As part of our Inspiring women in golf series, we speak to Karen Fellows, Director of Golf at Whitby Golf Club.
Karen is one of four women – out of six members in total – currently sitting on the Board of Directors at the club.
Plus, the Board Secretary is female too.
Impressed? So are we.
In any setting, it’s not often that there are more women than men sitting around the table in a boardroom.
But in a golf club?
It’s almost unheard of. So of course, we couldn’t wait to speak to Karen as part of our Inspiring women in golf series to find out what really happens when women outnumber men.
I’ve said it a lot in the past, and I stand firmly by it: the only way golf will change is when women start leading that change from the inside.
That’s not me talking as some extreme feminist, far from it. That’s me talking as someone who appreciates the different dynamic that comes about when men and women work together: Different perspectives, fresh ideas and new ways of thinking.
And the women on the Board at Whitby Golf Club are proving exactly that.
Karen Fellows, Director of Golf, Amanda Ing, Director of Finance, Alison Leslie, Director of Greens, Jane Hale, Lady Captain, and Ali Higgins, Board Secretary, have all played pivotal roles in pulling Whitby Golf Club from the brink, turning it into a thriving club with an even more promising future.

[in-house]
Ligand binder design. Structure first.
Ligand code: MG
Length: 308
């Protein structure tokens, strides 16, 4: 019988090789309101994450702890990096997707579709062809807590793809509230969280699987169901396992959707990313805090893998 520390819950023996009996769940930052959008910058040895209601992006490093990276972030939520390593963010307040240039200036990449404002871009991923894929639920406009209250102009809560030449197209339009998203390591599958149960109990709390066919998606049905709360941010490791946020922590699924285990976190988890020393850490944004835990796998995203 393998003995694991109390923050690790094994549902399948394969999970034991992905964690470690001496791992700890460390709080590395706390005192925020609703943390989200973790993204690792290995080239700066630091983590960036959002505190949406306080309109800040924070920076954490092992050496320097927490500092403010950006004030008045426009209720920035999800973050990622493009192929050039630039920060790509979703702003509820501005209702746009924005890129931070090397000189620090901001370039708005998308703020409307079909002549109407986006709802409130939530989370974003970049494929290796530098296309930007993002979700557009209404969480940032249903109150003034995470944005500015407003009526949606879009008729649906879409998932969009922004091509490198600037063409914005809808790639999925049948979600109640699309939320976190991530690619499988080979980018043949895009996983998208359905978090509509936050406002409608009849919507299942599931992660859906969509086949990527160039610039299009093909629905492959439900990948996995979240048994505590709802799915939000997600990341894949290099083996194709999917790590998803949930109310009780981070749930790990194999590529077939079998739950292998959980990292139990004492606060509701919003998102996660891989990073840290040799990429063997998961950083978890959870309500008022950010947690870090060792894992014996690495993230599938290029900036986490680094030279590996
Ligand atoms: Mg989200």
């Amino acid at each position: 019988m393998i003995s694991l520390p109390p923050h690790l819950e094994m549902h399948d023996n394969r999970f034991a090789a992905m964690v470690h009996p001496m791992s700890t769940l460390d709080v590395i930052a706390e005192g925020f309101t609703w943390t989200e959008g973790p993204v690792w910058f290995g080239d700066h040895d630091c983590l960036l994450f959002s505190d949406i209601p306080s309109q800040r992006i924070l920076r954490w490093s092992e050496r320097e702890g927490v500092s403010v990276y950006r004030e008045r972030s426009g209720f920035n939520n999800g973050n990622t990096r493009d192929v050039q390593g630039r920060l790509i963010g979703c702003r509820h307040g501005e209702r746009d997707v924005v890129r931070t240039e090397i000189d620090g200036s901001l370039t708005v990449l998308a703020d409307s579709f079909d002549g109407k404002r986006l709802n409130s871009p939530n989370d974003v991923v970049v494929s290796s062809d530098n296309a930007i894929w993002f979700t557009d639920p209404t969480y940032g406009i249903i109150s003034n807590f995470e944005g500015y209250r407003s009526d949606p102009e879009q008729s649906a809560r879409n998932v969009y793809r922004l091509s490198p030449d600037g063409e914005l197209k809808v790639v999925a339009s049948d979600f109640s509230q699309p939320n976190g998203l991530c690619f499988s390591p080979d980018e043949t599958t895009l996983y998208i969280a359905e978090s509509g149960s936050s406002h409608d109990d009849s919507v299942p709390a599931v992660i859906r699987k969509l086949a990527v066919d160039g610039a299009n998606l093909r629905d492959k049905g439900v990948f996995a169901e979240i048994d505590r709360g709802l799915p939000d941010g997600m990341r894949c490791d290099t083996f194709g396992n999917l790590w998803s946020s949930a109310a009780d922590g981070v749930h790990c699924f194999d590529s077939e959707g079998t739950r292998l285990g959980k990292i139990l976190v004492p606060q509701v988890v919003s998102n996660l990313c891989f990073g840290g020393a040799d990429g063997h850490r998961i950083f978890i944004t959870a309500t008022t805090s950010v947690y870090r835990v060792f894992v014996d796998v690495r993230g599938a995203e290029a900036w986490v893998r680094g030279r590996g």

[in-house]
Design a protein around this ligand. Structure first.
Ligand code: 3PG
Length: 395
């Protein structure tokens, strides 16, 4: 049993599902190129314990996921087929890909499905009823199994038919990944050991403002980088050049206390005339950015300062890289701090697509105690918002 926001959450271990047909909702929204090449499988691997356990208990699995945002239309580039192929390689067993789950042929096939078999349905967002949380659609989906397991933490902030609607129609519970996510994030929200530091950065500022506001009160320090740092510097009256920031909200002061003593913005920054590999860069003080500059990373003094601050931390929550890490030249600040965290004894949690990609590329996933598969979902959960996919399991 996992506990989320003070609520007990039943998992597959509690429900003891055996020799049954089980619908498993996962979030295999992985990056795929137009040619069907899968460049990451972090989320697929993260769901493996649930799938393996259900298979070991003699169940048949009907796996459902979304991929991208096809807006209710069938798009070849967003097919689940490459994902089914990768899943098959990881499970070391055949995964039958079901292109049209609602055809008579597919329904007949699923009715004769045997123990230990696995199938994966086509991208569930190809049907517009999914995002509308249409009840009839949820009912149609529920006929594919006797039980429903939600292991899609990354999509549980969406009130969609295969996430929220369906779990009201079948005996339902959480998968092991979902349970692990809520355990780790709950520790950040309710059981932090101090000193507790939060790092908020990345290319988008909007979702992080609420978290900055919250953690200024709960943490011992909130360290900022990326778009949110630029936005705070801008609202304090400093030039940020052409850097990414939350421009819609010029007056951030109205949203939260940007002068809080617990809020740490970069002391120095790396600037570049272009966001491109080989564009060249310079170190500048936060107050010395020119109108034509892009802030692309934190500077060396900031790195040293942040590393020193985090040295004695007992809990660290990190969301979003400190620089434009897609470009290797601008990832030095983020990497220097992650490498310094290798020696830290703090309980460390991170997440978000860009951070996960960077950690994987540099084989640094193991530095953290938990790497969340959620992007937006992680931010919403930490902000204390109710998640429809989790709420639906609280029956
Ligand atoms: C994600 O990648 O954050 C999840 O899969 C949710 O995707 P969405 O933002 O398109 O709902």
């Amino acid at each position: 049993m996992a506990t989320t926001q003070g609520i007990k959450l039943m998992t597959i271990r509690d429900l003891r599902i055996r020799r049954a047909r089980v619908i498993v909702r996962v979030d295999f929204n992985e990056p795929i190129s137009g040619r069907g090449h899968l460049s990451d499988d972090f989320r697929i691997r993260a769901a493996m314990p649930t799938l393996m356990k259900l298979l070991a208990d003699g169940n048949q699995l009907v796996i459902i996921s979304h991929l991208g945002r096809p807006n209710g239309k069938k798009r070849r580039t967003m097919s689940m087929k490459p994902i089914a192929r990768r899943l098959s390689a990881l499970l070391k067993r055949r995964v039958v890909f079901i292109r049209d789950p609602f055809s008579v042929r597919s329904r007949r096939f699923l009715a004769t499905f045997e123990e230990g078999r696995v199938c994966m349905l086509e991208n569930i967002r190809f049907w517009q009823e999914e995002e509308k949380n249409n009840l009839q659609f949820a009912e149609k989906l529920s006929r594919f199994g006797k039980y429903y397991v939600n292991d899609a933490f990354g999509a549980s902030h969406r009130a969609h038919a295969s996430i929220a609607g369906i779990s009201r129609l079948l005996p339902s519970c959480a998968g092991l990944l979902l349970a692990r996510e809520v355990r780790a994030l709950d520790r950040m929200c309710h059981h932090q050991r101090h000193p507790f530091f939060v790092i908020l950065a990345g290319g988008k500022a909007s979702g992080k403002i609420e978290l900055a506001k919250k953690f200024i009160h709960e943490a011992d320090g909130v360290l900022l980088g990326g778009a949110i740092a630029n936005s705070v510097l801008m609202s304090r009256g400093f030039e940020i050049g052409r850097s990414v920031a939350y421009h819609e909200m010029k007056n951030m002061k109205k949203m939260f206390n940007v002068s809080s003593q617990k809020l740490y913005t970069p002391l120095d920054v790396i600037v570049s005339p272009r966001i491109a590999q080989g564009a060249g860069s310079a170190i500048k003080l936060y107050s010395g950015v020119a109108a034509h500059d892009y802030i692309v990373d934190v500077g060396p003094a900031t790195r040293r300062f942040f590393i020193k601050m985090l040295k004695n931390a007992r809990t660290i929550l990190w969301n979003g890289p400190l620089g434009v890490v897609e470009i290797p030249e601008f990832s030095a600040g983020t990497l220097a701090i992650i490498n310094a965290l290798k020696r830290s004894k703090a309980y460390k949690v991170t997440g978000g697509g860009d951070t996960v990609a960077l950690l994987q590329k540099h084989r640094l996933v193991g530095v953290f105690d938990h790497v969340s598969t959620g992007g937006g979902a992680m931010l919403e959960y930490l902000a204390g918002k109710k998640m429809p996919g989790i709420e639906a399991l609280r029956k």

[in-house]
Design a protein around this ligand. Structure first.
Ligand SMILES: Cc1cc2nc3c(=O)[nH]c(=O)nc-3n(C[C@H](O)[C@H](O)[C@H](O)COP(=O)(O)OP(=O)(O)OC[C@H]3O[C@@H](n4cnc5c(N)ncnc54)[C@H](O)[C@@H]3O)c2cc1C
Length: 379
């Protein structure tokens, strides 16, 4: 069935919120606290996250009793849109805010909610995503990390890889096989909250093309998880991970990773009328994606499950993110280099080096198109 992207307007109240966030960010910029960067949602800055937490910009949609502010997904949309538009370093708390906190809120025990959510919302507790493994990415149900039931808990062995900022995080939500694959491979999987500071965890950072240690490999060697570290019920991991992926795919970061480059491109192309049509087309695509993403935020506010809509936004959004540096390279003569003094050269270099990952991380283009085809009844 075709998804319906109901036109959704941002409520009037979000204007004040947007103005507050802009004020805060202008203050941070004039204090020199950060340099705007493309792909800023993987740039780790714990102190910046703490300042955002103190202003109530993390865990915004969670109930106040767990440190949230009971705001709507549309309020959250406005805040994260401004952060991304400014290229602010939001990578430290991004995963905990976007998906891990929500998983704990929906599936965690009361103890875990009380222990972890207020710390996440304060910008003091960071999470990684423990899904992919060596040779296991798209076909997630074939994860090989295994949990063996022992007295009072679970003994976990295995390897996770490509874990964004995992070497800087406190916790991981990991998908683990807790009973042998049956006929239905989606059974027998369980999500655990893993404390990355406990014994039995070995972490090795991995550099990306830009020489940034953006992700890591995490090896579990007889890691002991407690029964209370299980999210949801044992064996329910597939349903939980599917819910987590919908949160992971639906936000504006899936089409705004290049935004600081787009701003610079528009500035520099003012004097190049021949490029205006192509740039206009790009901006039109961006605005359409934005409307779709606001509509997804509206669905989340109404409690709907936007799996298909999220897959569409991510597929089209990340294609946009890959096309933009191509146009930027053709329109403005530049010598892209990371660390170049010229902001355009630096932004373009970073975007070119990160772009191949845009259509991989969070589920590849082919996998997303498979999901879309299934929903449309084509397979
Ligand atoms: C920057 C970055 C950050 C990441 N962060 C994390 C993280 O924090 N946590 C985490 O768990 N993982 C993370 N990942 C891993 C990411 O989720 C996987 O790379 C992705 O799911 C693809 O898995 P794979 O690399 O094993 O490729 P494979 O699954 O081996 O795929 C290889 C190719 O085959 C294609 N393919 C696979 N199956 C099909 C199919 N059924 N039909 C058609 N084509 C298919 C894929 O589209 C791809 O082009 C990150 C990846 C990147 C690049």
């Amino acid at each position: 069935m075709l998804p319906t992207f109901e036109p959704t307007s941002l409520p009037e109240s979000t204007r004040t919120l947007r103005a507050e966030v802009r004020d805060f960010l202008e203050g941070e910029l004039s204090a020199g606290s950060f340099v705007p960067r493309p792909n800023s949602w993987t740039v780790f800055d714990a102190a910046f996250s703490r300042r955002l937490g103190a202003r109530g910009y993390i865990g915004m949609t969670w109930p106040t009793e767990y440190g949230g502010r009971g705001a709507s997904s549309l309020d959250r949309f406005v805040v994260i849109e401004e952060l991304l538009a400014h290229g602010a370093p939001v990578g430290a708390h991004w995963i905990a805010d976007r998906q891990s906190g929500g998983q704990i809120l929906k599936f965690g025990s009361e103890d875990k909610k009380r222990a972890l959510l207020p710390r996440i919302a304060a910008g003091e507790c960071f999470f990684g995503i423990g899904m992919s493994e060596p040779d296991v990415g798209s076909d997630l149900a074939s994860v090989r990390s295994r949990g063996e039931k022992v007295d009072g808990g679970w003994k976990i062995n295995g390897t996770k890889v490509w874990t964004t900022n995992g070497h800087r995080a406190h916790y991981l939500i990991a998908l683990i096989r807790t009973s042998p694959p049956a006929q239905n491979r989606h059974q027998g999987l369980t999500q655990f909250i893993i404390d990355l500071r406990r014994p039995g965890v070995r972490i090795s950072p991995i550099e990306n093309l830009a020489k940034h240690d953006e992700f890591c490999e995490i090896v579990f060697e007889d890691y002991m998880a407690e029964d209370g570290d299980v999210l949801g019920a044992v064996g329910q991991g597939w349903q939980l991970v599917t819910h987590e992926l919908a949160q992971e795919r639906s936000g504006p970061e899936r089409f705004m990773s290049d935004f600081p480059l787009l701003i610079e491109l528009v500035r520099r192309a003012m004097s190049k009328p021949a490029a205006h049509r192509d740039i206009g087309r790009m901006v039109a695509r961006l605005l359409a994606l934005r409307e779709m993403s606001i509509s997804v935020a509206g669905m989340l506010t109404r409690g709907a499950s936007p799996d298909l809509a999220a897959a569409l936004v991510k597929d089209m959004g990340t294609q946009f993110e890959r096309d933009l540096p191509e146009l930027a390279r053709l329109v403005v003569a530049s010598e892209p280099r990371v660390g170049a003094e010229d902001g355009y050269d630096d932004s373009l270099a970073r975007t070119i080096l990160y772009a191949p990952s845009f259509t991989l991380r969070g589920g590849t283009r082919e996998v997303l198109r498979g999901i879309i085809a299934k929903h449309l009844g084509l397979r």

It’s time to follow suit and invite more people to the party.
First, what’s the process to become a board member?
To get a seat on the board, you have to be nominated. Then at the AGM, there’s a vote, and if you’re successful, you’ll have a seat on the board for three years.
The club was in a position where things were going quite badly. People were getting frustrated, and the club was close to financial collapse.
The ladies who were voted on the board are all very proactive, they’re all from different backgrounds and they have lots of experience between them; I was a PE teacher, our Director of Finance, Amanda, used to work for M&S and runs a holiday cottage business, and two of the ladies were senior police officers.
I think we were voted in because people wanted things to change.
All of that experience has definitely helped!
Do you think having more women on the board changes the dynamic of the club?
Definitely. The Lady Captain has always sat on the board at the club, but it’s good to have more representation for women now.
Women bring a different perspective to things and have different qualities, and it’s definitely been positive for Whitby.
I think women tend to be better listeners, but we’re also committed – we get things done.
We’ve made a lot of really good changes at the club and literally bought it back from the brink.
What was the reaction like at the club when you were all voted on the board?
It was a bit mixed at the start. It’s like everywhere, there will always be people who don’t like change.
But change is necessary if the club wants to survive.
We’ve been on the board for almost two years now and have proved that we deserve our place there.
It’s gone from “oh god, the women are taking over” to “thank God the women have taken over!”
What have you put in place at the club since you and the other women joined the board?
Honestly, we’ve done so much that the club is almost unrecognisable!
One of the first things we did was to find a new coaching professional.